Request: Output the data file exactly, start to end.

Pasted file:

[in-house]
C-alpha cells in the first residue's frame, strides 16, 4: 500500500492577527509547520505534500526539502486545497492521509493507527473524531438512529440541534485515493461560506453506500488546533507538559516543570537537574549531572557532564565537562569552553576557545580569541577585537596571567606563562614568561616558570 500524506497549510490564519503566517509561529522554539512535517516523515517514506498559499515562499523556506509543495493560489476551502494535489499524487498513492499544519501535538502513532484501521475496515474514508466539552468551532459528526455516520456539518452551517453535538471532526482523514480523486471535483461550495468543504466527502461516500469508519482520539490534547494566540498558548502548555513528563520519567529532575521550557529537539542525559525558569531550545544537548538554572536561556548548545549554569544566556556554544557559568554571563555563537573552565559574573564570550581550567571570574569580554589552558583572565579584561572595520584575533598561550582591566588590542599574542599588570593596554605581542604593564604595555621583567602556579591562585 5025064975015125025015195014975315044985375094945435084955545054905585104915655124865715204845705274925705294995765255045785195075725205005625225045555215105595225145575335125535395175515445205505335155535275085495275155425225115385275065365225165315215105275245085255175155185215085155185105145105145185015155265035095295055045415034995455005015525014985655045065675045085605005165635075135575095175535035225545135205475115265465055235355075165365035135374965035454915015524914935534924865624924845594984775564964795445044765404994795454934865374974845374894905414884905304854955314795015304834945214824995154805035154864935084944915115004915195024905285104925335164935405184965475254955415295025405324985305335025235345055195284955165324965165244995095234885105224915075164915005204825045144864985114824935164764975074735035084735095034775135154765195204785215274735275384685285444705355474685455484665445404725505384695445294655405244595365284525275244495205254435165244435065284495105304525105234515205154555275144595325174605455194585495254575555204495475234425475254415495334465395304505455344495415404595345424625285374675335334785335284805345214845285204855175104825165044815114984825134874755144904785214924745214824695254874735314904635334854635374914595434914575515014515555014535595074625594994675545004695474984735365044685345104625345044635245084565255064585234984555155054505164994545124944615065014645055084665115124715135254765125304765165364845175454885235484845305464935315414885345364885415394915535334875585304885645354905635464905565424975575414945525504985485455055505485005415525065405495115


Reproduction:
[in-house]
C-alpha cells in the first residue's frame, strides 16, 4: 500500500492577527509547520505534500526539502486545497492521509493507527473524531438512529440541534485515493461560506453506500488546533507538559516543570537537574549531572557532564565537562569552553576557545580569541577585537596571567606563562614568561616558570 500524506497549510490564519503566517509561529522554539512535517516523515517514506498559499515562499523556506509543495493560489476551502494535489499524487498513492499544519501535538502513532484501521475496515474514508466539552468551532459528526455516520456539518452551517453535538471532526482523514480523486471535483461550495468543504466527502461516500469508519482520539490534547494566540498558548502548555513528563520519567529532575521550557529537539542525559525558569531550545544537548538554572536561556548548545549554569544566556556554544557559568554571563555563537573552565559574573564570550581550567571570574569580554589552558583572565579584561572595520584575533598561550582591566588590542599574542599588570593596554605581542604593564604595555621583567602556579591562585 5025064975015125025015195014975315044985375094945435084955545054905585104915655124865715204845705274925705294995765255045785195075725205005625225045555215105595225145575335125535395175515445205505335155535275085495275155425225115385275065365225165315215105275245085255175155185215085155185105145105145185015155265035095295055045415034995455005015525014985655045065675045085605005165635075135575095175535035225545135205475115265465055235355075165365035135374965035454915015524914935534924865624924845594984775564964795445044765404994795454934865374974845374894905414884905304854955314795015304834945214824995154805035154864935084944915115004915195024905285104925335164935405184965475254955415295025405324985305335025235345055195284955165324965165244995095234885105224915075164915005204825045144864985114824935164764975074735035084735095034775135154765195204785215274735275384685285444705355474685455484665445404725505384695445294655405244595365284525275244495205254435165244435065284495105304525105234515205154555275144595325174605455194585495254575555204495475234425475254415495334465395304505455344495415404595345424625285374675335334785335284805345214845285204855175104825165044815114984825134874755144904785214924745214824695254874735314904635334854635374914595434914575515014515555014535595074625594994675545004695474984735365044685345104625345044635245084565255064585234984555155054505164994545124944615065014645055084665115124715135254765125304765165364845175454885235484845305464935315414885345364885415394915535334875585304885645354905635464905565424975575414945525504985485455055505485005415525065405495115